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  • Mar 20, 2024

Tech Talk with Jeff - Multifactor Authentication

This topic is one I have not discussed in a while - Multifactor Authentication. Why would I want to make it harder to log in to my accounts?

Even though it makes more work for you to log in, it also makes it much harder for a hacker to access your accounts. Think about it, when you log in to an account on the internet you enter your username and password, that is it. Here are the issues with using just those two items.

Username: Usernames are generally known and out there for anyone to see. Particularly because a lot of sites use your email address as the username. There’s no real security with that part of the login process, so it barely counts, if at all.

Password: Let’s face it, most people’s passwords are too short and easily cracked by password cracking software. Most people use the same password on multiple sites which is dangerous because if a hacker has the password for one site, they will try all the standard sites out there that everyone uses and will access those sites as well. And most people use things from their personal lives in their passwords to make it easier to remember. Hmm…Facebook? Oh, that’s my dog’s name. Let’s try that to help hack the password.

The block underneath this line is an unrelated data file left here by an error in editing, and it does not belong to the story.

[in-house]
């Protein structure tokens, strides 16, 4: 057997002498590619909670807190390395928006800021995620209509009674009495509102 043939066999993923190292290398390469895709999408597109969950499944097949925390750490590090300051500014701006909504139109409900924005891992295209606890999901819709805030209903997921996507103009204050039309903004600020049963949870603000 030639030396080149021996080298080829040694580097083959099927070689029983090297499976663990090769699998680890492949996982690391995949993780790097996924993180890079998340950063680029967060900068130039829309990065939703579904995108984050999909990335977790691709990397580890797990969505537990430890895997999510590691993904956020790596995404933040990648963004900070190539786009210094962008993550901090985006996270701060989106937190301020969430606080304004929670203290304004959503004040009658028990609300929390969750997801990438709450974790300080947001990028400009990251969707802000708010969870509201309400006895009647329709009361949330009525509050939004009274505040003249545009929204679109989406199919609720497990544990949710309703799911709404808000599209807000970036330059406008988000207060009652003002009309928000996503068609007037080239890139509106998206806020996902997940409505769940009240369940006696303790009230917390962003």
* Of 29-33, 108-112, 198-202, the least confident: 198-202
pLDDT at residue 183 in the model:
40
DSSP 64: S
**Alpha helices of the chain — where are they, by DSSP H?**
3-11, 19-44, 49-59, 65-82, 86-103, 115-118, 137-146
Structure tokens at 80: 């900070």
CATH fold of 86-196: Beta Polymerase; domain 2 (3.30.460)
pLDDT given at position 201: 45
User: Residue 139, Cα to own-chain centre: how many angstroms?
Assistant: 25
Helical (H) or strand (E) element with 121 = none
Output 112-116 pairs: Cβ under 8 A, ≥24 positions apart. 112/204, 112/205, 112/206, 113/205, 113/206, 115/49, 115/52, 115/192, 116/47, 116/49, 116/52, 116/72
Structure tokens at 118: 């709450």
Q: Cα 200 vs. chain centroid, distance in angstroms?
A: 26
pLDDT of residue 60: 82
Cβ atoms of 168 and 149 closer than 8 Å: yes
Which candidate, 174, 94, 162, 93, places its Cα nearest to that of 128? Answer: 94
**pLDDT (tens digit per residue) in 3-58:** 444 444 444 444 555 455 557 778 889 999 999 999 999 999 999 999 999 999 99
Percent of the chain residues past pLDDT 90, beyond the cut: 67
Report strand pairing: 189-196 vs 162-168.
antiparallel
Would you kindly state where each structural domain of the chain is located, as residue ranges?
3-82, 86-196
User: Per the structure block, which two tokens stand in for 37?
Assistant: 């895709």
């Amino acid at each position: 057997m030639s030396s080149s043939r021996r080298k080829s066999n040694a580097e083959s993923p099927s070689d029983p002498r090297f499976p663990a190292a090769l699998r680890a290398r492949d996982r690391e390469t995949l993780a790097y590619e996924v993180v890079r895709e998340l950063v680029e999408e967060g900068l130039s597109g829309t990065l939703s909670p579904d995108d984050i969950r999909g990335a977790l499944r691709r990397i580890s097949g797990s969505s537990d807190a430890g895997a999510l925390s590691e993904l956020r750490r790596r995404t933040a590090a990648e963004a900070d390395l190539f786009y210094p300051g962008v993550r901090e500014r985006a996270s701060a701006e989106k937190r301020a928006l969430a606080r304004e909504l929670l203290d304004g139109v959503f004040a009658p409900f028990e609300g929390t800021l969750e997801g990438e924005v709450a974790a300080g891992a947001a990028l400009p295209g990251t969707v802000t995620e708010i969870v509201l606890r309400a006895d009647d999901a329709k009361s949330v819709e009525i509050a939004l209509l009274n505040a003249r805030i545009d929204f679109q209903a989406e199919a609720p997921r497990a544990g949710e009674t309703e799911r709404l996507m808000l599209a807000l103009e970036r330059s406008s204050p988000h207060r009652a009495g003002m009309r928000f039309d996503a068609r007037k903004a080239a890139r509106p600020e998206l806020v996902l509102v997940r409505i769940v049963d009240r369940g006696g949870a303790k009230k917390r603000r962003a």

So, just using a username and password is a weak method of protecting your accounts on the Internet. Also, thinking hackers won’t bother with you is dreaming. They use tools to sort through tons of accounts very fast. And then there are all the breaches where your passwords have been compromised. Yes, they are out there for the taking on the dark web (another topic).

So what can you do? When available, always add multifactor authentication. Multifactor authentication adds another roadblock to getting into your account that requires you to enter something you are, like a fingerprint, or something you have, like a token or your cell phone. These methods can be violated by hackers, but it is much harder for them to do.

The two most common multifactor methods are having a text message sent to your phone or using a code generator, like the Google Authenticator, that you use to get a code to enter during the login process. Both methods work well. Personally, I prefer the code generator. I think that is more secure and has less of a chance of someone intercepting it.

So yes, this is an added step, but if you factor in the amount of pain you experience trying to get control back of your accounts and dealing with the damage done to you being breached, it is worth the extra effort.

Be aware and be safe!

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